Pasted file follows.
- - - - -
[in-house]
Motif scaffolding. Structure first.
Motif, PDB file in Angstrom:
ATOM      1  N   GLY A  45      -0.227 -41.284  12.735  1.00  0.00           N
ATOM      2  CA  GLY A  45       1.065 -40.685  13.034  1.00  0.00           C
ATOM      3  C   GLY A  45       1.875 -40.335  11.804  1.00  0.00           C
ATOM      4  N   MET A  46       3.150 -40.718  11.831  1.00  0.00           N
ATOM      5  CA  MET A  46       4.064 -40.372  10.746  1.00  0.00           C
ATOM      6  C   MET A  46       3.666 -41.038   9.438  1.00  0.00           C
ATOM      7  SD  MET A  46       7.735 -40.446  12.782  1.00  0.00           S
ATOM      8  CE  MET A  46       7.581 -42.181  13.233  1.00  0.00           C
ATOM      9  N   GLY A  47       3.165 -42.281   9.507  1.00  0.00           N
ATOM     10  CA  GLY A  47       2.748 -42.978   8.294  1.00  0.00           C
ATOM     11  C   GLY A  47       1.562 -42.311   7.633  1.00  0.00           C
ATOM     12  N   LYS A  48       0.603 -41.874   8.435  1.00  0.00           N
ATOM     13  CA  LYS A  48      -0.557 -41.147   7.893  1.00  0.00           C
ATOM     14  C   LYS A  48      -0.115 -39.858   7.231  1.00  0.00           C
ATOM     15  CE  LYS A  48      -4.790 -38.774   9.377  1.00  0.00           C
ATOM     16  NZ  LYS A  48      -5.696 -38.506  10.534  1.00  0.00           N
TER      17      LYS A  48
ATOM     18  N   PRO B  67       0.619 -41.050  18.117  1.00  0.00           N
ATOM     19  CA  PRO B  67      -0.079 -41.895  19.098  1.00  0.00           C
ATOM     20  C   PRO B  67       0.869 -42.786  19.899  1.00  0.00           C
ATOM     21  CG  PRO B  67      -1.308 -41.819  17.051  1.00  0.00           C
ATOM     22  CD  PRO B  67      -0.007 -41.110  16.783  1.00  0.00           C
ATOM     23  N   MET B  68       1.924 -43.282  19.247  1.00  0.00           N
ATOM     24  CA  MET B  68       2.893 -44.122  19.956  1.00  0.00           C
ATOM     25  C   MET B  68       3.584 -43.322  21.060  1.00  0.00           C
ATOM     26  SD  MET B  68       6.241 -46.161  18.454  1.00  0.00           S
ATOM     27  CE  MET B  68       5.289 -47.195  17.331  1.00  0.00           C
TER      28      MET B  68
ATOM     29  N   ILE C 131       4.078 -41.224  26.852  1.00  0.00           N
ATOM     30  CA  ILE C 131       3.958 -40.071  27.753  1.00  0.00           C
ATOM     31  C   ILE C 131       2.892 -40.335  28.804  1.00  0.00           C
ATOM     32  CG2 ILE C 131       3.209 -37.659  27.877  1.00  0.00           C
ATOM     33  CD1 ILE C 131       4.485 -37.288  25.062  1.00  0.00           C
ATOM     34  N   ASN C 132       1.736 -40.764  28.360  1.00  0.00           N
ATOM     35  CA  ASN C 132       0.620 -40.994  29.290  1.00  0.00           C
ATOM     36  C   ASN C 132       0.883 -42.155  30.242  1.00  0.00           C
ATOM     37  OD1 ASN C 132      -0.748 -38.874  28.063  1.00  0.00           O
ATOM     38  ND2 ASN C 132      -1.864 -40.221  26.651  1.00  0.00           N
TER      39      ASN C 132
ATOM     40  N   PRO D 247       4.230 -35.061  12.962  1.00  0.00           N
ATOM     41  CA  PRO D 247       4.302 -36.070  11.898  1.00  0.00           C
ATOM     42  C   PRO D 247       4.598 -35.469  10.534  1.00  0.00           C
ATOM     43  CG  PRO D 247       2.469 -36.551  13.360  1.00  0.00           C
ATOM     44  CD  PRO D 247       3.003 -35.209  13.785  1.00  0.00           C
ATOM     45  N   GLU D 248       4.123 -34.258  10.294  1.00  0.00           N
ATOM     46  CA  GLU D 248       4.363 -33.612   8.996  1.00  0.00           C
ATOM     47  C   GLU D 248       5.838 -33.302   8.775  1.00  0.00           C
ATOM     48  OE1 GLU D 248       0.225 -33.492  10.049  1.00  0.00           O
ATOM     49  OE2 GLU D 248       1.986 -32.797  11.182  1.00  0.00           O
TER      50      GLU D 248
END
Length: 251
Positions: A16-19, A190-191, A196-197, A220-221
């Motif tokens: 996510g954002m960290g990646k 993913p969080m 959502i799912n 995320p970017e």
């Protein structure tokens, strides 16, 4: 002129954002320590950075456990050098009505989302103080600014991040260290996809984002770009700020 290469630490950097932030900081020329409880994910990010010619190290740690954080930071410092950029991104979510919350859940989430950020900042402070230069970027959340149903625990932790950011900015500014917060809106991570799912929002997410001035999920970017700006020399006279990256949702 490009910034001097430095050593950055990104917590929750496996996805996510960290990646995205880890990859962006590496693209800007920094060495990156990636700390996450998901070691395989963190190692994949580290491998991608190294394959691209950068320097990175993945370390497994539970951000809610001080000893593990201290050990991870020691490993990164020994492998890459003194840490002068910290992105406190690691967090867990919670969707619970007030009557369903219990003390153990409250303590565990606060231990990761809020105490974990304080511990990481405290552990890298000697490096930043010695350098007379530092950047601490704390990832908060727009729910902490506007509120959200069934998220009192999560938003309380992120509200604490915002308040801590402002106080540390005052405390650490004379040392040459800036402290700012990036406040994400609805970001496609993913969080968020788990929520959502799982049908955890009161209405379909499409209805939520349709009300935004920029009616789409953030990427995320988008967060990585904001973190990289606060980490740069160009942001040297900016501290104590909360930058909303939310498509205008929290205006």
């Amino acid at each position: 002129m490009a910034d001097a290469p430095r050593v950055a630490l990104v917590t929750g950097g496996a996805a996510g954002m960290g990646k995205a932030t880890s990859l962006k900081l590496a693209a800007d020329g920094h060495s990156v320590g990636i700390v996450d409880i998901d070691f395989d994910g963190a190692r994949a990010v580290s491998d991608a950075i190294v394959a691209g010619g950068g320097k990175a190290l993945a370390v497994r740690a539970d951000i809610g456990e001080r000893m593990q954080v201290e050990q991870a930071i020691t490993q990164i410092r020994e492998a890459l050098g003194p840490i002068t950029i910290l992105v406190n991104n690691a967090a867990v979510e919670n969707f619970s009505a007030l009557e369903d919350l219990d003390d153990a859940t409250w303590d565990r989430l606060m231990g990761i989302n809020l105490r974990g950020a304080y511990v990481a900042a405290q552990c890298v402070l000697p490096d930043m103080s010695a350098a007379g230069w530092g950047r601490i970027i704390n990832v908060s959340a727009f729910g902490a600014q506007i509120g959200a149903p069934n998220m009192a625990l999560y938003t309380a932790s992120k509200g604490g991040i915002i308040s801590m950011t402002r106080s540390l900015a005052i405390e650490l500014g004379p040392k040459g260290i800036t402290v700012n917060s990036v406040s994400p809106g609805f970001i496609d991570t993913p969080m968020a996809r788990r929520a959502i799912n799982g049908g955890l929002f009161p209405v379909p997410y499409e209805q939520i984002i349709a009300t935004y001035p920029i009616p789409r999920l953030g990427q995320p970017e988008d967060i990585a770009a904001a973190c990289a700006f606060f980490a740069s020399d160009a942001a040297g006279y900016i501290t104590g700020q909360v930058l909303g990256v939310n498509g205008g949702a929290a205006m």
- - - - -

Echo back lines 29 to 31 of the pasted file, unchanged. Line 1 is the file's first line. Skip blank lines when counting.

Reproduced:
ATOM     26  SD  MET B  68       6.241 -46.161  18.454  1.00  0.00           S
ATOM     27  CE  MET B  68       5.289 -47.195  17.331  1.00  0.00           C
TER      28      MET B  68